By Staff Reports
(DGIwire) — Can supplements replace real whole food and are they necessary for good health?
Anytime a whole food is associated with health benefits, there is a race to isolate the potential beneficial substances. The purpose is to create a new supplement or drug. The driving factor behind this effort is money. The marketing rationale is usually based on the “more is better” mentality. Time usually proves that these isolated compounds do not produce the same benefits as the whole foods from which they are extracted.
“Natural whole foods contain a number of known compounds. They also contain unknown, yet to be discovered compounds. Many experts maintain that these unknown compounds most likely outnumber the ones we know about. In addition, almost everything in Nature works not in isolation, but synergistically. The nutrients in whole foods work together, in ways not yet understood, to provide the benefits we experience,” according to Tom Griesel, co-author ofTurboCharged.
Fish is a good example. There are health benefits associated with people and populations who regularly consume fish. How do fish oil supplements compare?
Researchers at the University Hospital of Ioannina in Greece reviewed 20 studies covering almost 70,000 participants and found no statistically significant evidence that supplementation with omega-3 polyunsaturated fatty acids (PUFAs), commonly sold as fish oil supplements, result in a lower risk of heart attack, stroke, or premature death.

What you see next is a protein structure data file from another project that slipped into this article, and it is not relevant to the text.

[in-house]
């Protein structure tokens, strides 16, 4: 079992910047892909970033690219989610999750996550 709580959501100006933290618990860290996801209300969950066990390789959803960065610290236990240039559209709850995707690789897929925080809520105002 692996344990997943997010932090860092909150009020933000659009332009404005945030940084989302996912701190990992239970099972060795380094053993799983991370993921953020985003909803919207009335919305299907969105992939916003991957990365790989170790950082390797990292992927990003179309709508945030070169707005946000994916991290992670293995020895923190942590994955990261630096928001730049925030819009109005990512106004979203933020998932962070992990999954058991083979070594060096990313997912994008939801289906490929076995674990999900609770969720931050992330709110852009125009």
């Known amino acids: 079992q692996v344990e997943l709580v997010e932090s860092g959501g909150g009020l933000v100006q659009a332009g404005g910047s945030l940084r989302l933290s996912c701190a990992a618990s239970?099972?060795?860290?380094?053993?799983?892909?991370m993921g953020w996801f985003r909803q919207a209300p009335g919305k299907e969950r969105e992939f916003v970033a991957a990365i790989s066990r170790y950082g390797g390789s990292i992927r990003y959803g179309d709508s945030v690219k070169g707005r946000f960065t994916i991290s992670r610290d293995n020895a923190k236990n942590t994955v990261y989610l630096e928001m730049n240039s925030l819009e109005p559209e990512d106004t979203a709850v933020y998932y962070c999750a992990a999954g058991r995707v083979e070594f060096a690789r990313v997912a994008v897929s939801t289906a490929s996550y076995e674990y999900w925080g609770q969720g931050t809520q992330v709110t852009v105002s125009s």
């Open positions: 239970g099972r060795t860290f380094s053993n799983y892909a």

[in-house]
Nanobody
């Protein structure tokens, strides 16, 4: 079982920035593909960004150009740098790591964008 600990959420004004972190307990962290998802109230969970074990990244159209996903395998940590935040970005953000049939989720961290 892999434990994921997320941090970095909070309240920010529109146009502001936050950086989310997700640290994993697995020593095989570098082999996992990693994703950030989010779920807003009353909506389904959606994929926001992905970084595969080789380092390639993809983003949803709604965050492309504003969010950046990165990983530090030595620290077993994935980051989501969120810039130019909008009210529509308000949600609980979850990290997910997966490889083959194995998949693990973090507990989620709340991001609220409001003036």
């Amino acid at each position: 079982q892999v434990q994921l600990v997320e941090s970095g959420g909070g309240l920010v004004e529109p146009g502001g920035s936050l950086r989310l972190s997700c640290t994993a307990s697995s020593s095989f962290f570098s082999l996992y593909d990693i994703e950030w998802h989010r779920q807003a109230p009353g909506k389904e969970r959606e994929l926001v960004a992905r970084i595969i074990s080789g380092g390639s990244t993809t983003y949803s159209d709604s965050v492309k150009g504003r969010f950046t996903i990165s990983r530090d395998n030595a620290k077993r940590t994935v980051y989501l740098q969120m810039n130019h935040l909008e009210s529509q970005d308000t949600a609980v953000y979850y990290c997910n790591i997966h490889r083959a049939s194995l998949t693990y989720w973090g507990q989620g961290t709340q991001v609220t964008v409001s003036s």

Omega-3 PUFAs are found in food sources like nuts, seeds and oily fish such as salmon, mackerel, herring and sardines. They are considered essential for healthy development of the heart, brain and other parts of the body. Supplements are typically taken in the form of fish oil, flax seed oil or a drug like Omacor.
There has been controversy regarding the association of omega-3 PUFAs and major cardiovascular benefits. There is anecdotal evidence of health benefits seen in people who consume real foods rich in omega-3. Such benefits are not readily apparent when using supplements derived from the original food source.
The U.S. Food and Drug Administration (FDA) has approved omega-3 PUFA drugs only for lowering triglycerides in patients with very high triglyceride levels. Some European regulators have approved them for reducing cardiovascular risk. Opinions differ and the regulators base their respective opinions on data provided by drug maker studies. The supplement industry is not regulated and relies mostly on anecdotal observations.
The researchers from University Hospital concluded that the findings did not justify the use of omega-3 as a structured intervention in everyday clinical practice or guidelines supporting dietary omega-3 PUFA administration.
Another study by researchers from the London School of Hygiene & Tropical Medicine concluded that in spite of what many people believe, taking omega-3 fish oil supplements did not appear to protect older people from cognitive decline.
Griesel adds, “Your best bet to insure optimal health is to pass on supplements and use the money you save to purchase and eat the highest quality whole foods you can afford. Optimal health is built on a diet of real whole foods.”